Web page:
My First Lesson –
After speaking to my doctor, I kept the scan results to myself for about an hour. Initially, the high functioning aspects of my personality took over. Catch your breath, said the calm, patient voice inside my head, as I started to think through how I was going to explain my situation to the people closest to me.
I considered different words and phrases, similar to preparing for a work presentation to a large audience. Then a violent wave of reality hit. This was so not a work presentation. Descriptive words and PowerPoint would be of no help here. My chest tightened like an overblown balloon desperate to pop in order to relieve the pressure.
An internal voice I did not recognize began to yell.
Just freaking tell someone!
This voice was strong, loud and impatient. It was so powerful that I got the sense that her patient voice counterpart took one look at her and said, You’re in charge now.
The best piece of advice I ever received was from someone who told me that I would become a much happier person once I realized the whole world did not think like me. I could devote an entire blog on why this advice was given to me. However, I mention it now because it helps explain how my mind operated up to this moment.
I had always been a cautious communicator. My approach to sharing was similar to how I managed my Pinterest account: a highly curated collection of images, neatly organized into “public” and “private” categories.
I was hyper-conscious about what aspects of my life I was willing to share, which I could easily attribute to the need to be seen in a certain way. But there was more to my behavior.
If I could control what I communicated, then I had a better chance of being understood and getting the outcome I wanted. And more importantly, by limiting the amount of details I shared, I could significantly limit the risk of having information come back to haunt me. Ironically, this is a personality trait that enabled me to excel in my career, but was definitely a rate limiter in some of my personal relationships.
When I called my Mom, my communication conundrum was brought to a head as she unknowingly drew a line in the sand that forced me to make an immediate choice.
My Mom said, Christine, I am going to be with you through all of this, but you need to make me one promise. You have to tell me everything.
Done, I said.
The word had barely left my mouth, when the impatient voice came roaring back, somewhat amused.
Seriously? YOU are going to share everything? Have we met?
The answer I gave my Mom was the truth. I did intend on sharing everything with her, but that promise was almost as scary as the unnamed intruder living in my abdomen.
My fragile psyche was simultaneously riding on two parallel emotional roads. The first was Fear. The scans provided tangible proof that there was something wrong – something inside of me that should not be there. Yet I had no clear answer that it was cancer – and if so, how bad. But right next to Fear, was the other road: Hope, which manifested almost immediately after talking to my Mom – in a conversation that I did not rehearse what I was going to say beforehand, nor self-edit as I spoke.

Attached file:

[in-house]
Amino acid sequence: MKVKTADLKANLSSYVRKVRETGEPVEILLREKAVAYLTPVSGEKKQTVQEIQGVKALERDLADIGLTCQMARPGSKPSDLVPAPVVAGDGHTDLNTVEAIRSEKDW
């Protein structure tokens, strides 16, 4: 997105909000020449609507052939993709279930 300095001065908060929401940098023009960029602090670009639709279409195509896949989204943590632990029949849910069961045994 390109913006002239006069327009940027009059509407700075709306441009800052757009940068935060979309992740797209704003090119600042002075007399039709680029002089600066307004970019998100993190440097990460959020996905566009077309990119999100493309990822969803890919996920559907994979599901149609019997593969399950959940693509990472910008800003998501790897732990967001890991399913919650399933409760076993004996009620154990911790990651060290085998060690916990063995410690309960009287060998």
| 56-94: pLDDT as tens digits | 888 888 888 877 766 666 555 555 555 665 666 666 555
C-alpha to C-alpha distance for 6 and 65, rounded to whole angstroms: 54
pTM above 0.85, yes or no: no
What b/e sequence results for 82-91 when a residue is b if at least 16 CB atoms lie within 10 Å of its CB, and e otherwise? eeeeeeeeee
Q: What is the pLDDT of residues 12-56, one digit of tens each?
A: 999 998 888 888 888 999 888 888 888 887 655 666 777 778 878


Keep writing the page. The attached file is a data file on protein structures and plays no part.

I started to feel a steady internal up-swell of confidence, which told me I was going to survive. By no means was this an emotional 180 that replaced everything I had been feeling only moments earlier. I was still petrified. But similar to watching a movie and correctly predicting the outcome in absence of all the facts, I started to open up to the idea that I would come out of this OK. And since I always found that the really bad movies were the ones easiest to predict, I was hoping this would work in my favor.
This early lesson would prove to be deeply valuable for the weeks and months ahead. Whereas I once viewed fear and confidence as emotions in complete contradiction to one another, I now had proof that when in the throes of a crisis, they are not mutually exclusive. In fact, my continuing to learn how to let widely divergent emotions coexist would become one of my strongest weapons for battle.
Also, continuing to release my steel grip on the information faucet to allow more details to flow to others would also be important—but it still posed a challenge for me. If at the time, I could have remembered the infamous Seinfeld episode when George achieved great success by following the “the opposite” of his usual instincts, this might have helped me to adapt my behavior more quickly. But in the immediate future, my attempts at being more open and honest with my situation resembled the more typical “Costanzaesque” outcomes –ranging from ridiculous to hilarious.
More on this in the weeks ahead.
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